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The sea has its secrets, for beneath the ocean waves lies a hidden realm filled with enchantment and wonders of all shapes and sizes! This colourful underwater paradise is home to awe-inspiring creatures such as the diminutive seahorse (Hippocampus), whose unique appearance is artfully showcased in the first of a three-coin series that combines colour, engraving and beautifully sculpted glass elements.


Item Number: 154338
UPC: 6-23932-07774-4
Composition: 99.99% pure silver
Mintage: 7,500
Weight (g): 31.39
Diameter (mm): 38
Face Value: $20
Finish: proof
Edge: Serrated
Artist: Maurice Gervais
Packaging: Maroon clamshell with black beauty box


  • FIRST of three 99.99% pure silver coins in an exquisite NEW series called “Under the Sea” featuring some of the marvels found in Canadian waters!
  • An RCM FIRST: Mosaic murrini! The seahorse-shaped glass element is the result of a laborious handcrafted process in which different colours of glass rods (stringers) are layered and fused together to form a colourful mosaic that reveals the final image when sliced.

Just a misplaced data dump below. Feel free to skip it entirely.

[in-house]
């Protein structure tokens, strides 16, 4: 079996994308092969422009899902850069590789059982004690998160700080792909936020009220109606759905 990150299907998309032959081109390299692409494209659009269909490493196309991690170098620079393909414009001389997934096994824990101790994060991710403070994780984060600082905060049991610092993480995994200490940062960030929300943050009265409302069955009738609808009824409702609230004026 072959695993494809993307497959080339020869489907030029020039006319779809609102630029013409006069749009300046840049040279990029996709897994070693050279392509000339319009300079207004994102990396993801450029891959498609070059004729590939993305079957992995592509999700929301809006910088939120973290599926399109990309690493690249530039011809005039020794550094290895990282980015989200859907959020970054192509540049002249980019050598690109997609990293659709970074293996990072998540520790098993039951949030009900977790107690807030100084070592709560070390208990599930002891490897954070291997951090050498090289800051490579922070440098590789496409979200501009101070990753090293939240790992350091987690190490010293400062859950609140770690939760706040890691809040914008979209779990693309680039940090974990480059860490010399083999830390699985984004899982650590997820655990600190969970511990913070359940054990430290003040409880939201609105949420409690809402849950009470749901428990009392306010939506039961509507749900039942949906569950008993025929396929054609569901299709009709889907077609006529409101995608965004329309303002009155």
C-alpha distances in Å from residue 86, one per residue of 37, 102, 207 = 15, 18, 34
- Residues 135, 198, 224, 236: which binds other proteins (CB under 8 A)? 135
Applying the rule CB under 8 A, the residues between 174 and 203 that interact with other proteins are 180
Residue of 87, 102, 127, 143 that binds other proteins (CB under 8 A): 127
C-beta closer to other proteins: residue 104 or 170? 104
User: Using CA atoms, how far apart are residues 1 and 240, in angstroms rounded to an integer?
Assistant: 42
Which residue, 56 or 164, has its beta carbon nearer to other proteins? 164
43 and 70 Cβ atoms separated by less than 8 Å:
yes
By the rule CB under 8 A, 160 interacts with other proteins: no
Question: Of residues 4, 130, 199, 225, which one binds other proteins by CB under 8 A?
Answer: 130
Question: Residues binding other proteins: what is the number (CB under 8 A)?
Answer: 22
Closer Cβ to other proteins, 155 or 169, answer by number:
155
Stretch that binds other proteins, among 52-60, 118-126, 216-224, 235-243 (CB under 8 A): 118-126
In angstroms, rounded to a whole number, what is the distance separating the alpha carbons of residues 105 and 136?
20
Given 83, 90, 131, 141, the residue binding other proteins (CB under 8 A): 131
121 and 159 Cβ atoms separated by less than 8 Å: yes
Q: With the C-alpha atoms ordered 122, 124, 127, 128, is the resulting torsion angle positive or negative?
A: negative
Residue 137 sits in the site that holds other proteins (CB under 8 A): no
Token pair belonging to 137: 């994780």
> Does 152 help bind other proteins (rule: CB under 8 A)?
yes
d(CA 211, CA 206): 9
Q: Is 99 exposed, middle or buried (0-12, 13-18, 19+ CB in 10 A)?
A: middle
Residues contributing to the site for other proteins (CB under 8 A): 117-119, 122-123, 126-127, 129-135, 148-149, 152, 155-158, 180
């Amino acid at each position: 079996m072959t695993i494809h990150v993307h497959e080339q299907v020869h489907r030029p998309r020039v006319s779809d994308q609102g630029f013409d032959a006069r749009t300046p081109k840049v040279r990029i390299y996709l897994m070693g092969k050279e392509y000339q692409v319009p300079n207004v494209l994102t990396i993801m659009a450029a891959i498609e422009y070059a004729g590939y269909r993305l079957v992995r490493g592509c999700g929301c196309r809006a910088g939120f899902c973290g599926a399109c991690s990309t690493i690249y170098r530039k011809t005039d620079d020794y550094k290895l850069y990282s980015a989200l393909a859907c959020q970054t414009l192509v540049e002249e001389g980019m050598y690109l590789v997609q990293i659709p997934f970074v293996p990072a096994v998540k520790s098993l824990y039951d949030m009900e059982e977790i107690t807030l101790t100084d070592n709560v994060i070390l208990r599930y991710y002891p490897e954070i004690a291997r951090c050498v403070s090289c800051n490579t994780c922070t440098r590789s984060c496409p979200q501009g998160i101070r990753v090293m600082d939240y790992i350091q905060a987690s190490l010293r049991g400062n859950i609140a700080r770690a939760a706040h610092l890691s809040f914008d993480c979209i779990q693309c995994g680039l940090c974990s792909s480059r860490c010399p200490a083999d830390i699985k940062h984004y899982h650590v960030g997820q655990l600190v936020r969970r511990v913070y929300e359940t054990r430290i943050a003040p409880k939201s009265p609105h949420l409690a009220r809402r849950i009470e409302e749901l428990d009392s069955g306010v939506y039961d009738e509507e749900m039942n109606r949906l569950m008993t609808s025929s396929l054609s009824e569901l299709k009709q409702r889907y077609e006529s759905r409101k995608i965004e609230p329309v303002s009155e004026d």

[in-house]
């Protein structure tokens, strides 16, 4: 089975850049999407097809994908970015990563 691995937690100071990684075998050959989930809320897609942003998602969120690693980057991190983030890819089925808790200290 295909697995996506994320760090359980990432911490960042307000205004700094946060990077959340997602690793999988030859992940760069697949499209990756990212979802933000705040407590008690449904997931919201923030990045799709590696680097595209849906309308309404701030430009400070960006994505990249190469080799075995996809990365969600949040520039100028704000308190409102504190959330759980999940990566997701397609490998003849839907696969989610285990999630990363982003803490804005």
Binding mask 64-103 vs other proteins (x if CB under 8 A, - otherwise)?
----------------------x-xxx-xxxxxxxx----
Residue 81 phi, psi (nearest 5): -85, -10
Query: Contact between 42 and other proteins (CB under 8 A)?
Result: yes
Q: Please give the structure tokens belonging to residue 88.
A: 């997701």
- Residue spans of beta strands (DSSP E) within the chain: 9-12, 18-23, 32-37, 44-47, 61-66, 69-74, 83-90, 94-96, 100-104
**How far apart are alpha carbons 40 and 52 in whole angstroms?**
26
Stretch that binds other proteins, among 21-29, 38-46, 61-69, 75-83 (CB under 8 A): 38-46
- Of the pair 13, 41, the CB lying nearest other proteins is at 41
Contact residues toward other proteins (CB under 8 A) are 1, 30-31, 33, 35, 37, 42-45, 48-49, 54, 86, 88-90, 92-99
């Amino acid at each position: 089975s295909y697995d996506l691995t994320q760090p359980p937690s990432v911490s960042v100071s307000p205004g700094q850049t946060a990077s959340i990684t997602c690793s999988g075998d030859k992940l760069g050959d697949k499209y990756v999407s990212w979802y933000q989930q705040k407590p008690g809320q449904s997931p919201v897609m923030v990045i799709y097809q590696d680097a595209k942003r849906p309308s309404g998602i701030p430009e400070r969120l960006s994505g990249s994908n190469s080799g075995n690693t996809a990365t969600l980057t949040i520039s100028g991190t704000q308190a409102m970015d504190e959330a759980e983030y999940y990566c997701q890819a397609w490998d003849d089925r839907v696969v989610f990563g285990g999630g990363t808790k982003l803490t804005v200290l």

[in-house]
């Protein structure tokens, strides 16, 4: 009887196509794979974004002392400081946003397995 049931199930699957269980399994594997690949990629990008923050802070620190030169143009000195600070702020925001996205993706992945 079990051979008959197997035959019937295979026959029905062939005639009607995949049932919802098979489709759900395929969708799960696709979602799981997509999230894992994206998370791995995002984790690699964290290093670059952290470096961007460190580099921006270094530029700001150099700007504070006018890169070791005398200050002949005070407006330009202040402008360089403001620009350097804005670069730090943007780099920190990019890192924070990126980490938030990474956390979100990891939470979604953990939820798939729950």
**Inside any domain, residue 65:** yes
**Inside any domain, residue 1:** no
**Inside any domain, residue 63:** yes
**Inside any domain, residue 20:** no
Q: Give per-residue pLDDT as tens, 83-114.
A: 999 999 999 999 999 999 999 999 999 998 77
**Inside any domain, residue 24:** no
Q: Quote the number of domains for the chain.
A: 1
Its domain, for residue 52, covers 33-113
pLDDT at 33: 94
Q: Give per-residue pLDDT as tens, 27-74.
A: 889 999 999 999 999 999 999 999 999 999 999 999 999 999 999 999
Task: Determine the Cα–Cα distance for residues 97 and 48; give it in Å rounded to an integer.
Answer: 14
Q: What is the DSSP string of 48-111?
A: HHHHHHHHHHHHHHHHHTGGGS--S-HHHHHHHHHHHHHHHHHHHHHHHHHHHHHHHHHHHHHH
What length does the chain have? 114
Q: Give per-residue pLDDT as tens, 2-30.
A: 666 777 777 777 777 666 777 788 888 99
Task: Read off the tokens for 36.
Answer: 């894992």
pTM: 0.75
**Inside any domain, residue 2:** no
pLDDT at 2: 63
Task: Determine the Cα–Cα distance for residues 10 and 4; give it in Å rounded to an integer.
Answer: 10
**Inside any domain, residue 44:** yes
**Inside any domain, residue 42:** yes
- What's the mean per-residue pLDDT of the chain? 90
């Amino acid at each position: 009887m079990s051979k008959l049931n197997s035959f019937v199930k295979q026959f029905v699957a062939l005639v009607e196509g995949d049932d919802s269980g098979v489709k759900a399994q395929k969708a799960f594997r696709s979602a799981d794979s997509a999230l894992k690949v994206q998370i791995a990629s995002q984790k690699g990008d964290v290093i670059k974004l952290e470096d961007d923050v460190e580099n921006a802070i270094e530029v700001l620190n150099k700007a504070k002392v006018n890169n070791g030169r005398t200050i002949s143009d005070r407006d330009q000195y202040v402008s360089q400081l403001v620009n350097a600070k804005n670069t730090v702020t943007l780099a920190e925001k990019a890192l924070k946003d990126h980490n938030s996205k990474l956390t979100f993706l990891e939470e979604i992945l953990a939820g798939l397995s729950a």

• The handcrafted nature of both the murrini element and its glass enclosure make each coin unique.
  • Despite its delicate appearance, the glass embellishment is sculpted from borosilicate glass, which is highly resilient yet lightweight.

The reverse design by Canadian artist Maurice Gervais offers a glimpse of the hidden underwater world off Canada’s Atlantic coast, thanks to its depiction of a shallow sea grass habitat. The application of vivid coloured enamel over the detailed engraving recreates the textured rocks, seashells and swaying green grasses that line the sandy ocean floor. To the right, a handcrafted glass embellishment by Canadian glass artist Loïc Beaumont-Tremblay contains a striking seahorse-shaped mosaic murrini element. The mosaic-based approach to this glass art technique lends itself well to recreating the seahorse’s speckled colouring, while other features such as its bony armour, pointed snout and curled tail are equally captured in extraordinary detail. The murrini piece has its own “armour,” thanks to its resilient glass enclosure sculpted from borosilicate glass.

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